Some of our exercises use visual prompts. We track down images that just beg to have a story told around them. You pick a card that compels you, or we choose cards and then pass ours to the left. Again, surprise unlocks the words.
People in our groups get a prompt like "I know you, Joe (or whatever name you want to give your character), you're the person who..." and then you fill in the blank: hates Monday, leaves the dishes in the sink, licks a pencil's tip before he writes with it. When you get down to specific traits they spark an idea about a character. You read your selections and choose one or two to develop further.
We pass out index cards. Everybody writes one line of dialogue from a movie or a book, or even a conversation they overheard or remember. We turn our cards over and pass them to the left. Everyone writes another line on the blank card they just got. We pass the cards once more to the left. You now write for 15 minutes, using one or both of the lines of dialogue on the card you just received. It works because of the surprise.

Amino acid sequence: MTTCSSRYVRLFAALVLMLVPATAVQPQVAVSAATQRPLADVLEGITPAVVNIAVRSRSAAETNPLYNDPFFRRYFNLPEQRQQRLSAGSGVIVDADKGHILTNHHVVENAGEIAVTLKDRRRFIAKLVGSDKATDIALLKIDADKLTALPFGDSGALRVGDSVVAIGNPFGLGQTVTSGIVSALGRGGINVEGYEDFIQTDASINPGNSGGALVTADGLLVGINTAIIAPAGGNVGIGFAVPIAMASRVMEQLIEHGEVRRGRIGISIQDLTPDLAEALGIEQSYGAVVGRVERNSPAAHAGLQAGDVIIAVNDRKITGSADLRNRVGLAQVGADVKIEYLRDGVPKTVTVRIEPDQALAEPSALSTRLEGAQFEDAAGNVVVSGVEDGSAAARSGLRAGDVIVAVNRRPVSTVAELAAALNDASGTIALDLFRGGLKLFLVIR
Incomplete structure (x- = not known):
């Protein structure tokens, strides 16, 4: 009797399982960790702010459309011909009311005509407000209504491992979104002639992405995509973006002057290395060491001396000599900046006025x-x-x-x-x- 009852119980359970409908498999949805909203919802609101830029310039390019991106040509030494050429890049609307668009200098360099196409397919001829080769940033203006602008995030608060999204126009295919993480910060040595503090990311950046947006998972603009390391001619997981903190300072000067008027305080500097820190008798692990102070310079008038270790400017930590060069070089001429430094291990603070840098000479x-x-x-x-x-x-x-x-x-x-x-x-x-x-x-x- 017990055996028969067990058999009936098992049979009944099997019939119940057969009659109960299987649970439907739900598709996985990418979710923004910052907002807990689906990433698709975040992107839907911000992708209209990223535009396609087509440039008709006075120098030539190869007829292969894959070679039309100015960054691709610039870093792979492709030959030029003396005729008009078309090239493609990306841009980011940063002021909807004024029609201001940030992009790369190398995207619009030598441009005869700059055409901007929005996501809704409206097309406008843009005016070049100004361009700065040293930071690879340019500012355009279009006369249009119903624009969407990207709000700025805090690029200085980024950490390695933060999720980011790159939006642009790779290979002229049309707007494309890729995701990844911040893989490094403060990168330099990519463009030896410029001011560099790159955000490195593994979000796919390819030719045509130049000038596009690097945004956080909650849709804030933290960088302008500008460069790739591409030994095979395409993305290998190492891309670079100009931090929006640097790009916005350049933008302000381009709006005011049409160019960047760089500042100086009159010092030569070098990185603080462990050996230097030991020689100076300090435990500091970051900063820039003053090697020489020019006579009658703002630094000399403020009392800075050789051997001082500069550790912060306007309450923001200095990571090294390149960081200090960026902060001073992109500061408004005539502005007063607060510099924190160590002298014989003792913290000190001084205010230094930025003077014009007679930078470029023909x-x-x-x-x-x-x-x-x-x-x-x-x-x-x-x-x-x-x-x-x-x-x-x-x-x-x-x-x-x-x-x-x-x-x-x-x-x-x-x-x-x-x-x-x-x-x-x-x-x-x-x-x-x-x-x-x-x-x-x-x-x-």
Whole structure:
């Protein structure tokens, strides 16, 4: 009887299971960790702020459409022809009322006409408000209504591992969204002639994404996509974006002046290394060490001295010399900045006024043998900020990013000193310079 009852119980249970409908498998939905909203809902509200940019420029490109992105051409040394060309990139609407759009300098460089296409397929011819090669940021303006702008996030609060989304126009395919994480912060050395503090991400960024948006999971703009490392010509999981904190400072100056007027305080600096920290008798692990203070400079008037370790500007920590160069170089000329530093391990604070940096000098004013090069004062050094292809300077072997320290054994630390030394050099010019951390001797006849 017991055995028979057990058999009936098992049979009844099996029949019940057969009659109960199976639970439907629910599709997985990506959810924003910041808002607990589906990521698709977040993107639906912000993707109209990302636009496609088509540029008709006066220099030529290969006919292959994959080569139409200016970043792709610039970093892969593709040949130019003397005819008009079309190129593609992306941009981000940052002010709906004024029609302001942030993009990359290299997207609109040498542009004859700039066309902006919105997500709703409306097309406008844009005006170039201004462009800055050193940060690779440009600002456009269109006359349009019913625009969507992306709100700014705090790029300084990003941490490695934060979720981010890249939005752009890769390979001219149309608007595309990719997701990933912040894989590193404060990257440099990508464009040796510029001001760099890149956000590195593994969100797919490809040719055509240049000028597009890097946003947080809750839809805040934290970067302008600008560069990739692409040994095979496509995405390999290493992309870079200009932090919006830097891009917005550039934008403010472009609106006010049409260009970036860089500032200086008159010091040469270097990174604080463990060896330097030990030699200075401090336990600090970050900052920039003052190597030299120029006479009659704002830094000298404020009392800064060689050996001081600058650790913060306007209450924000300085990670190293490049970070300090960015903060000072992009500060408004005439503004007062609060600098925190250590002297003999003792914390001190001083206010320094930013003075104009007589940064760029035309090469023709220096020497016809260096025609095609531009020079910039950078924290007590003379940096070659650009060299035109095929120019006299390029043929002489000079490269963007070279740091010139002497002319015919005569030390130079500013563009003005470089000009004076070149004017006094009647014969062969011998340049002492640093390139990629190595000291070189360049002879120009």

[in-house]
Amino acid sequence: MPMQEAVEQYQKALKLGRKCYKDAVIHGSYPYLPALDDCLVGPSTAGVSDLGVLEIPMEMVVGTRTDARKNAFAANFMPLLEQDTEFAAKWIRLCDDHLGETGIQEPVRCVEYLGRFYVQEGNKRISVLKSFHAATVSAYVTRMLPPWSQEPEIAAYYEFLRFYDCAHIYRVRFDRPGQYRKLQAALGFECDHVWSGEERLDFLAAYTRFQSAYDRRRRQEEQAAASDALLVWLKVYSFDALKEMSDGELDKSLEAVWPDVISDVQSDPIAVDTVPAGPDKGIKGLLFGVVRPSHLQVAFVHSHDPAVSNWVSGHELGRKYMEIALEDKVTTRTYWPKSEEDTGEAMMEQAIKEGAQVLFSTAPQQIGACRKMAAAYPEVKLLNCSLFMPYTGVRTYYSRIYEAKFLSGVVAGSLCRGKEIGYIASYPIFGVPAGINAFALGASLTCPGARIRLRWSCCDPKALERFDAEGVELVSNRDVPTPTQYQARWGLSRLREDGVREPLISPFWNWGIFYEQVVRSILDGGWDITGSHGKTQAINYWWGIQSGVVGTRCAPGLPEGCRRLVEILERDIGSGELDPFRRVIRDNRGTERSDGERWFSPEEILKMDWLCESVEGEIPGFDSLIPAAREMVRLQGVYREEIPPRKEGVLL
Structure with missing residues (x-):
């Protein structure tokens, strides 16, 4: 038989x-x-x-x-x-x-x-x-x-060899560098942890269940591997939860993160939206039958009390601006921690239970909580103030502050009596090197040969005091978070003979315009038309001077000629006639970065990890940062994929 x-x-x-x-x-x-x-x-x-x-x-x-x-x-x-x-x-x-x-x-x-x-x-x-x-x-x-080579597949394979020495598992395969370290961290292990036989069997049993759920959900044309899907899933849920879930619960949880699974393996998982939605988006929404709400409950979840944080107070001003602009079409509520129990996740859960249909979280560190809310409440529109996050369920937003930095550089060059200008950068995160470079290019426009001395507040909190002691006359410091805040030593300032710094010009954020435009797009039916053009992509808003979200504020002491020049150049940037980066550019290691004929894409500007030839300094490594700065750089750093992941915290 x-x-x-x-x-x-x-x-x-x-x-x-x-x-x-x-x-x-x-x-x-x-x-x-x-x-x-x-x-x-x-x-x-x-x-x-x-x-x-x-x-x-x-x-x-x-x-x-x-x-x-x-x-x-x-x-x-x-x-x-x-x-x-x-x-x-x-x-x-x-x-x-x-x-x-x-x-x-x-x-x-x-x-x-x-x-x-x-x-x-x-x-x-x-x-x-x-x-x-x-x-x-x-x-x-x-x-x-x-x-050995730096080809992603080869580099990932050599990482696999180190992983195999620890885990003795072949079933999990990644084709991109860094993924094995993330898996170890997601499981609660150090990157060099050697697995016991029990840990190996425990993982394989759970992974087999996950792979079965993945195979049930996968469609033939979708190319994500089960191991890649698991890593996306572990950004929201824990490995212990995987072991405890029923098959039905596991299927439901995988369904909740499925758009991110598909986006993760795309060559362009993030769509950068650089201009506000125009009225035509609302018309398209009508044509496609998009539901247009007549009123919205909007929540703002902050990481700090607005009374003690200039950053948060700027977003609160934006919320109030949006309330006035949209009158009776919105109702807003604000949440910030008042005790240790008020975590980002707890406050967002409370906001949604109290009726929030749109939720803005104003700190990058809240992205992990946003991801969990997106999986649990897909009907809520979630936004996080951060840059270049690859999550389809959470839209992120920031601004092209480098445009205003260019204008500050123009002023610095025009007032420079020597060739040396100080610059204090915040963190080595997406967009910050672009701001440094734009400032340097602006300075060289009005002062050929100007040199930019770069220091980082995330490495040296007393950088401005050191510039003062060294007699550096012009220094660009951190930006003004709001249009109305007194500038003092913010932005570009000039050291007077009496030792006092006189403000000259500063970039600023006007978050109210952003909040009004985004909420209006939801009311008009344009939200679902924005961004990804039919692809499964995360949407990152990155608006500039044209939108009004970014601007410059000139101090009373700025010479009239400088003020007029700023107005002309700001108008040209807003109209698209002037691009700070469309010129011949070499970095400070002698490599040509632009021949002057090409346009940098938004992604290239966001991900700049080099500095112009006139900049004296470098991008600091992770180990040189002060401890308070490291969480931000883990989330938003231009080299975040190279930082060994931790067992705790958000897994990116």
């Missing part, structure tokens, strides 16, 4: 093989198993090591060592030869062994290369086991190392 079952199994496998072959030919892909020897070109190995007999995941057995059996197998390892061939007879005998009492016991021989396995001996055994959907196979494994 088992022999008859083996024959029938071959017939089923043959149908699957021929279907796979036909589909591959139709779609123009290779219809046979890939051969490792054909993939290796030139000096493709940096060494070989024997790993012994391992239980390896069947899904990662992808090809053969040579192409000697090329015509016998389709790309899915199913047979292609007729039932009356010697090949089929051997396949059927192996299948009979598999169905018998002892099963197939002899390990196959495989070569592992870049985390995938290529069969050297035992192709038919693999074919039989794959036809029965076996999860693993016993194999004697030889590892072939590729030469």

Smart, plucky, generous, and with a heart ready for love. Those are all good attributes for women who appear in stories. The challenge is creating such women who can be good as well as bad in a story, even while we cheer them on as heroines or protagonists.